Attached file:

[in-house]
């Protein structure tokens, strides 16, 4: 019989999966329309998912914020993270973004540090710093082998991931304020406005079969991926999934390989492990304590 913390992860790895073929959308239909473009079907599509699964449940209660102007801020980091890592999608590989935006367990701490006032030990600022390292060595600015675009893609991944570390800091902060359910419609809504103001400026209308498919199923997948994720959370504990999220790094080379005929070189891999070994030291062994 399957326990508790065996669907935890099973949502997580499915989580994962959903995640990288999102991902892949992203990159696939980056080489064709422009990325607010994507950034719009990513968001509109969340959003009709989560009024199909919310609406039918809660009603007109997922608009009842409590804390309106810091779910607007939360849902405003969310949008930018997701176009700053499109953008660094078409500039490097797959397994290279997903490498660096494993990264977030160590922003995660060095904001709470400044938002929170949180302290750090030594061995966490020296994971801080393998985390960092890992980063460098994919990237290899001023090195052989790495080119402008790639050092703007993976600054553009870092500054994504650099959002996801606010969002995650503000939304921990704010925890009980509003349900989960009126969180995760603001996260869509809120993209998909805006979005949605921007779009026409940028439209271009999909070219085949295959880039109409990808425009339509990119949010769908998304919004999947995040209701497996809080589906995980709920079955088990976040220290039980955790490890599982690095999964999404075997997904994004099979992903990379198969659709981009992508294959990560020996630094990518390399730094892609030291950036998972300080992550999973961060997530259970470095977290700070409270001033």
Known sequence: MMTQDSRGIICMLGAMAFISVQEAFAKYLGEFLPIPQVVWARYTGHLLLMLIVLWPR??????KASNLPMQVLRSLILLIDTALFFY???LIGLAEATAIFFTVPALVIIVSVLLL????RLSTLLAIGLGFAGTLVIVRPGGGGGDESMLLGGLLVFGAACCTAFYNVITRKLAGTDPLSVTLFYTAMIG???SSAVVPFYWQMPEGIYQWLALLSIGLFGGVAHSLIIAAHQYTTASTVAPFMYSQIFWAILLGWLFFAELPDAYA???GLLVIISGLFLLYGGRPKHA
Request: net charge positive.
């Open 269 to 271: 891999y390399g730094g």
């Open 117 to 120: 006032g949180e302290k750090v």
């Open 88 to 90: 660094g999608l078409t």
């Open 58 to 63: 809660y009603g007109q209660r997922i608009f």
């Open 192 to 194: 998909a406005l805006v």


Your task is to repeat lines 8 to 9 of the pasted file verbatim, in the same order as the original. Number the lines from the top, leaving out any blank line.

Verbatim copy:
């Open 58 to 63: 809660y009603g007109q209660r997922i608009f």
């Open 192 to 194: 998909a406005l805006v």